Registered dietitians are credentialed food and nutrition experts. To earn this title, they must go through a lot of training and formal education, including doing an internship and passing a national registration exam. Registered dietitians provide medical nutrition therapy, which means they use an evidence-based approach  to treat and help patients manage medical conditions through diet and nutrition. 

For people who are having CRS-HIPEC, dietitians focus especially on these topics:

  • How to get the best nutrition for strength and healing before your procedure 
  • What to expect and how to meet your nutrition needs after your procedure

Your dietitian closely watches and treats your nutritional needs after surgery to help with healing.
 

Physician assistant A health professional who is licensed to do certain medical procedures under the guidance of a physician. A health professional who is licensed to do certain medical procedures under the guidance of a physician. A physician assistant may take medical histories, do physical exams, take blood and urine samples, care for wounds and give injections and immunizations.
Gynecologic oncologist

This type of surgeon specializes in diagnosing and treating gynecologic cancers. They do surgery to remove as much of the cancer as possible, plus a small amount of healthy tissue around the cancer, and they recommend chemotherapy-based treatments.

If you have cancer of the ovaries or fallopian tubes, a gynecologic oncologist will be involved in your care. They will examine you and talk with you about the best treatment options for your case. For example, even if CRS-HIPEC is a good option for you, you may need systemic (whole-body) chemotherapy first under their expert care. 

A surgical oncologist may be involved in your cytoreductive surgery along with your gynecologic oncologist.
 

Chemotherapy Treatment that uses drugs to stop the growth of cancer cells, either by killing the cells or by stopping them from dividing. It may be given alone or with other treatments. Treatment that uses drugs to stop the growth of cancer cells, either by killing the cells or by stopping them from dividing. Chemotherapy may be given by mouth, injection, infusion or on the skin, depending on the type and stage of the cancer being treated. It may be given alone or with other treatments, such as surgery, radiation therapy or biologic therapy. Gynecologic oncologist A physician who has special training in diagnosing and treating cancers of the female reproductive organs. Oncologist A physician who has special training in diagnosing and treating cancer. Some oncologists specialize in a particular type of cancer treatment, such as treating cancer with radiation. A physician who has special training in diagnosing and treating cancer. Some oncologists specialize in a particular type of cancer treatment. For example, a radiation oncologist specializes in treating cancer with radiation.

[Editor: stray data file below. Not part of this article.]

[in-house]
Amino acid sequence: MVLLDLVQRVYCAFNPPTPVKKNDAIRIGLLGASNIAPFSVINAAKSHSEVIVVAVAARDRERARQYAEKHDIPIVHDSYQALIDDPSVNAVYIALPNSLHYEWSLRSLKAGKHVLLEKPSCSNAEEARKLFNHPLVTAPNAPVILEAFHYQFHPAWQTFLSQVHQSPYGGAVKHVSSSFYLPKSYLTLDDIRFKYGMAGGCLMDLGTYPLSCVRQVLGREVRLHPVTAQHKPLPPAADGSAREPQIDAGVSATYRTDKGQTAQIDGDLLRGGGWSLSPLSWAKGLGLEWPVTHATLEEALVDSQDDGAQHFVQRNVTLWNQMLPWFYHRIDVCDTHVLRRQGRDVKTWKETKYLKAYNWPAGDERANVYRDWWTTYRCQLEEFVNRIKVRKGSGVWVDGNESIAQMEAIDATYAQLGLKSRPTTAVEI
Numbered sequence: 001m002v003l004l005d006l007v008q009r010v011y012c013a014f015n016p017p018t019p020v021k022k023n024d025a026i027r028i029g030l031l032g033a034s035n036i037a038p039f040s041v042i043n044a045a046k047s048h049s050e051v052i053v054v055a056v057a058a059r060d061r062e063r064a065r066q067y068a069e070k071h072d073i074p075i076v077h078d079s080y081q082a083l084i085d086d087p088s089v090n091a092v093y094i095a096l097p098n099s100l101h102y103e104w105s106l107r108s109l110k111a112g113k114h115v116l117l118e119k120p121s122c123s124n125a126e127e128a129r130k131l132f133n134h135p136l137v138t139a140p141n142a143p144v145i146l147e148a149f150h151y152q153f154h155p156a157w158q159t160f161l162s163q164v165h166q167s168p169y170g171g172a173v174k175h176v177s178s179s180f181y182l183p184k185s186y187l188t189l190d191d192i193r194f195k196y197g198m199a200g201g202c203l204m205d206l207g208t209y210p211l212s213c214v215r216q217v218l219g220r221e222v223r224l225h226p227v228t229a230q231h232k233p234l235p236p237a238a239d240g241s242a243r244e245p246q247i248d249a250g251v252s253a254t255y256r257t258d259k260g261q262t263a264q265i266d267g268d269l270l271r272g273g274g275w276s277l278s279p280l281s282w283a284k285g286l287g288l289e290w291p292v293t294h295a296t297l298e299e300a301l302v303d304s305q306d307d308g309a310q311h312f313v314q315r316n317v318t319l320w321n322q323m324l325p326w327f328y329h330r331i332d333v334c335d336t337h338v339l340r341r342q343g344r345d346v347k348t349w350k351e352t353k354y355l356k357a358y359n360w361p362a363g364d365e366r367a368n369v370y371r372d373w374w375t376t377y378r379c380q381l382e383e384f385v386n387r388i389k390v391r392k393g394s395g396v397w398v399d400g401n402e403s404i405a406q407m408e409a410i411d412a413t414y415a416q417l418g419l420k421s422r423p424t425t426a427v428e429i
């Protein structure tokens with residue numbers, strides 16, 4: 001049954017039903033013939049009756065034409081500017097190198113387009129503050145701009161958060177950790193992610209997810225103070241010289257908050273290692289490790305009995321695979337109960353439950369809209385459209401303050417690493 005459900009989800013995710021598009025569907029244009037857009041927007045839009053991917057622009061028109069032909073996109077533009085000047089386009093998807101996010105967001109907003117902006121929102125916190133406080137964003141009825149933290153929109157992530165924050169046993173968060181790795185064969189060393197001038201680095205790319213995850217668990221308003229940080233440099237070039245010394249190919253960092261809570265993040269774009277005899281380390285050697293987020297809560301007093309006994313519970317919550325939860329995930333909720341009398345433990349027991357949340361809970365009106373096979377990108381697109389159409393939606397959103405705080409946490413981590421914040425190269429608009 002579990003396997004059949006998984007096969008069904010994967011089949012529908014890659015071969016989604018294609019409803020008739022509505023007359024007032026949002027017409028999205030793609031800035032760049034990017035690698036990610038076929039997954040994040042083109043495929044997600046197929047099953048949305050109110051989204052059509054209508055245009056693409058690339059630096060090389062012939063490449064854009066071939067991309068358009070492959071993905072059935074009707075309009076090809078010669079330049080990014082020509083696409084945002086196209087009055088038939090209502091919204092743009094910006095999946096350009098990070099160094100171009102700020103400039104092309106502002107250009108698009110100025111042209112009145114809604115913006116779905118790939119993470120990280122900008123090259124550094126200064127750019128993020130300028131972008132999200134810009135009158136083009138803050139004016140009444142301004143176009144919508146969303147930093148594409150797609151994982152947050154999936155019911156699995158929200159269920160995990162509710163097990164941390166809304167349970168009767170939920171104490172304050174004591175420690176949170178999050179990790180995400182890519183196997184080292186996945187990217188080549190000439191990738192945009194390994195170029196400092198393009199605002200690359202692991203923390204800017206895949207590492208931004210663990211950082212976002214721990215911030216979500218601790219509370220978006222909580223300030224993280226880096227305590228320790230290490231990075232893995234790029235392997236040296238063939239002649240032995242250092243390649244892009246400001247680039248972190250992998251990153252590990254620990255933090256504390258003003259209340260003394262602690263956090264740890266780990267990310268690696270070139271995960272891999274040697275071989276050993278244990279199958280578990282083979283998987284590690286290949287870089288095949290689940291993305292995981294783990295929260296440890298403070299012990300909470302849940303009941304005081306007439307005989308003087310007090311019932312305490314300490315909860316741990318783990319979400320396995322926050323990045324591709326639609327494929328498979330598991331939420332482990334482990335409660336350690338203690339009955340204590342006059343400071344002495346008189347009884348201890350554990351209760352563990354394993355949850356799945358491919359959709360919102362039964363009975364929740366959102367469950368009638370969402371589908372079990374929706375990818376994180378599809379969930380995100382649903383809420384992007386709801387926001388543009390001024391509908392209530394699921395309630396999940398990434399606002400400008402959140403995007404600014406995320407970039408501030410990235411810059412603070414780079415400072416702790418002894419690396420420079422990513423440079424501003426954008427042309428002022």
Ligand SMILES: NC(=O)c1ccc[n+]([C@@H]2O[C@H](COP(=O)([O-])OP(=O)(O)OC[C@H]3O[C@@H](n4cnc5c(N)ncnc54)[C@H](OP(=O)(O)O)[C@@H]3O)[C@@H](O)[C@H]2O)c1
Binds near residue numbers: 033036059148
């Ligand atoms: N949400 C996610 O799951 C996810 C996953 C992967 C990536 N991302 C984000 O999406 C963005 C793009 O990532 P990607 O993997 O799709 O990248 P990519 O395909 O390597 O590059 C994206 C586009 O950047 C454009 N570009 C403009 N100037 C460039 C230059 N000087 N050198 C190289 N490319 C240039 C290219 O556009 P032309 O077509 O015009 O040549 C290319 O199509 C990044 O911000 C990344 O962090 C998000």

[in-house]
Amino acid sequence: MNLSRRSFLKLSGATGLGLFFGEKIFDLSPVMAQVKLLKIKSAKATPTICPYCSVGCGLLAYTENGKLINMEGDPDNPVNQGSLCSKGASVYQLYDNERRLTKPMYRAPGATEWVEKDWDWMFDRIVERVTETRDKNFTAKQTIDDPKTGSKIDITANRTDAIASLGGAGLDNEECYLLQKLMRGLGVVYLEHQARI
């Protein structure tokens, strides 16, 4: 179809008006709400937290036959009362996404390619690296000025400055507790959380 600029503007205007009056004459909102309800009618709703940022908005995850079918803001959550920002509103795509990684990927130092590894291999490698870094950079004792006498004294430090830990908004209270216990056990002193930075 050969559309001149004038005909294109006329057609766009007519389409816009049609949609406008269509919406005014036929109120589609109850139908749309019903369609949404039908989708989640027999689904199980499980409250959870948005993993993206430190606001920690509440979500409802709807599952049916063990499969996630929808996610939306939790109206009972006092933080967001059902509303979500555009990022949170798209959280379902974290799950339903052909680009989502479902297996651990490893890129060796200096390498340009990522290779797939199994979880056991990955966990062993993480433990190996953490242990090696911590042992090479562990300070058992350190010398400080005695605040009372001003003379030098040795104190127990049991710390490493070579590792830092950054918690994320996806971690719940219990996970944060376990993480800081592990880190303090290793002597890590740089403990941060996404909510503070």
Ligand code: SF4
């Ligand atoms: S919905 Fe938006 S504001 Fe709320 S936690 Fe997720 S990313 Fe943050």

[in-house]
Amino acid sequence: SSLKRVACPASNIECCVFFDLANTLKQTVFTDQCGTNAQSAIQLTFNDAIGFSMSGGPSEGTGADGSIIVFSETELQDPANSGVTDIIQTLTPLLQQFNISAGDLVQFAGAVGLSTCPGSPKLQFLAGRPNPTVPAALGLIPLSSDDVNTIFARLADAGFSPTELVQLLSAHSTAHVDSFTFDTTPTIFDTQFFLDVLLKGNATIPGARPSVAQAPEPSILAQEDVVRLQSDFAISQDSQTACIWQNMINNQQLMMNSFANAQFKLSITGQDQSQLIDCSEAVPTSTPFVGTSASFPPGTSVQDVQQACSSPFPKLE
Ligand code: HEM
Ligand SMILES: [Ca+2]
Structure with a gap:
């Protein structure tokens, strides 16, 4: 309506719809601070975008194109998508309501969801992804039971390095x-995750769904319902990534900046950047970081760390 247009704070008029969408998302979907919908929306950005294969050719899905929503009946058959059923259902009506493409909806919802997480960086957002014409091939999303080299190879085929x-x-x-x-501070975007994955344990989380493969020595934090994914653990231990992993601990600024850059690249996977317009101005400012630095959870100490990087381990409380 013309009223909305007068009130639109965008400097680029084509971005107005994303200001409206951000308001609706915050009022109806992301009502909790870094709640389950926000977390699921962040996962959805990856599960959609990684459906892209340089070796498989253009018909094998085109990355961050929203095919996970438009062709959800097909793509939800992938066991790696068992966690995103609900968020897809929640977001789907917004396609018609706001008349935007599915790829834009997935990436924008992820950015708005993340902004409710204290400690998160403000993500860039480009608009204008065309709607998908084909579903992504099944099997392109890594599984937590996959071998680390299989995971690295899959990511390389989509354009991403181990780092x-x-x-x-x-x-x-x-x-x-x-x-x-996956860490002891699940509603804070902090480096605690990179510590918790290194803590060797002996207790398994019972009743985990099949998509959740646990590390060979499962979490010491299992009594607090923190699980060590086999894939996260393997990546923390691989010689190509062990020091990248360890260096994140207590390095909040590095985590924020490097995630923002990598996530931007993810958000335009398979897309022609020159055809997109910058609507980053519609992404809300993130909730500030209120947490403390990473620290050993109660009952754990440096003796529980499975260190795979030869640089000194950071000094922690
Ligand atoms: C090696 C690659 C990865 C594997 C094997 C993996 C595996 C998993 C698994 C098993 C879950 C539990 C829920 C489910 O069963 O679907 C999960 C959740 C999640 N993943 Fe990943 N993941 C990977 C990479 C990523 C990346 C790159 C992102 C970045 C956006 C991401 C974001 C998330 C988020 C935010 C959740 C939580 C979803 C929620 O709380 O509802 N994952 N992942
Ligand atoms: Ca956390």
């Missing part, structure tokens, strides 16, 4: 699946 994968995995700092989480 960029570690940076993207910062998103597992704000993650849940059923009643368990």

Medical oncologist

This physician oversees medicine-based treatments. Some people who are having CRS-HIPEC may have systemic (whole-body) chemotherapy , targeted therapy  or immunotherapy  as part of their overall treatment plan.

Your medical oncologist will:

  • Recommend medicine-based treatments to match your specific case. They select the medicines, doses, schedule and sequence. They also talk with you about the benefits and risks.
  • See you on a regular schedule to check how your cancer responds to treatment and how you are overall.